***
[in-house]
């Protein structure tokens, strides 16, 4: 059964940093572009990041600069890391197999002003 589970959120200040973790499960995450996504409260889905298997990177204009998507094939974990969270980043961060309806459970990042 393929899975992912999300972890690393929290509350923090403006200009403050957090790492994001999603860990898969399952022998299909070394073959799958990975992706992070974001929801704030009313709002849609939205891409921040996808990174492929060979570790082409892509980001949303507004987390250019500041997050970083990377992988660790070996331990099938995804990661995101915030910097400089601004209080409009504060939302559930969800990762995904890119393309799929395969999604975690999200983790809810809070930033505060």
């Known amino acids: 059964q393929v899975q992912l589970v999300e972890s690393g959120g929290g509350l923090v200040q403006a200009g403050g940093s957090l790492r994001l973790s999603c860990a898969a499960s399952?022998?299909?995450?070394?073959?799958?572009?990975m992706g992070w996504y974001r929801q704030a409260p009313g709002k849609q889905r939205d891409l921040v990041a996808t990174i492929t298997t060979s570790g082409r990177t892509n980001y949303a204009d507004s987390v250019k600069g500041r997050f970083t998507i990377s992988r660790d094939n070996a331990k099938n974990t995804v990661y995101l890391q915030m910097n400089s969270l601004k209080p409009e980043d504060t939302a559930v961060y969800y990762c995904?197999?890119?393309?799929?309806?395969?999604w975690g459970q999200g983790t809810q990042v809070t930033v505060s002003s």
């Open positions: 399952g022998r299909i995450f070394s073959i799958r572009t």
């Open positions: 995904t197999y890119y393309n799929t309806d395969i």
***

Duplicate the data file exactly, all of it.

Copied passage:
[in-house]
């Protein structure tokens, strides 16, 4: 059964940093572009990041600069890391197999002003 589970959120200040973790499960995450996504409260889905298997990177204009998507094939974990969270980043961060309806459970990042 393929899975992912999300972890690393929290509350923090403006200009403050957090790492994001999603860990898969399952022998299909070394073959799958990975992706992070974001929801704030009313709002849609939205891409921040996808990174492929060979570790082409892509980001949303507004987390250019500041997050970083990377992988660790070996331990099938995804990661995101915030910097400089601004209080409009504060939302559930969800990762995904890119393309799929395969999604975690999200983790809810809070930033505060």
């Known amino acids: 059964q393929v899975q992912l589970v999300e972890s690393g959120g929290g509350l923090v200040q403006a200009g403050g940093s957090l790492r994001l973790s999603c860990a898969a499960s399952?022998?299909?995450?070394?073959?799958?572009?990975m992706g992070w996504y974001r929801q704030a409260p009313g709002k849609q889905r939205d891409l921040v990041a996808t990174i492929t298997t060979s570790g082409r990177t892509n980001y949303a204009d507004s987390v250019k600069g500041r997050f970083t998507i990377s992988r660790d094939n070996a331990k099938n974990t995804v990661y995101l890391q915030m910097n400089s969270l601004k209080p409009e980043d504060t939302a559930v961060y969800y990762c995904?197999?890119?393309?799929?309806?395969?999604w975690g459970q999200g983790t809810q990042v809070t930033v505060s002003s």
């Open positions: 399952g022998r299909i995450f070394s073959i799958r572009t």
């Open positions: 995904t197999y890119y393309n799929t309806d395969i």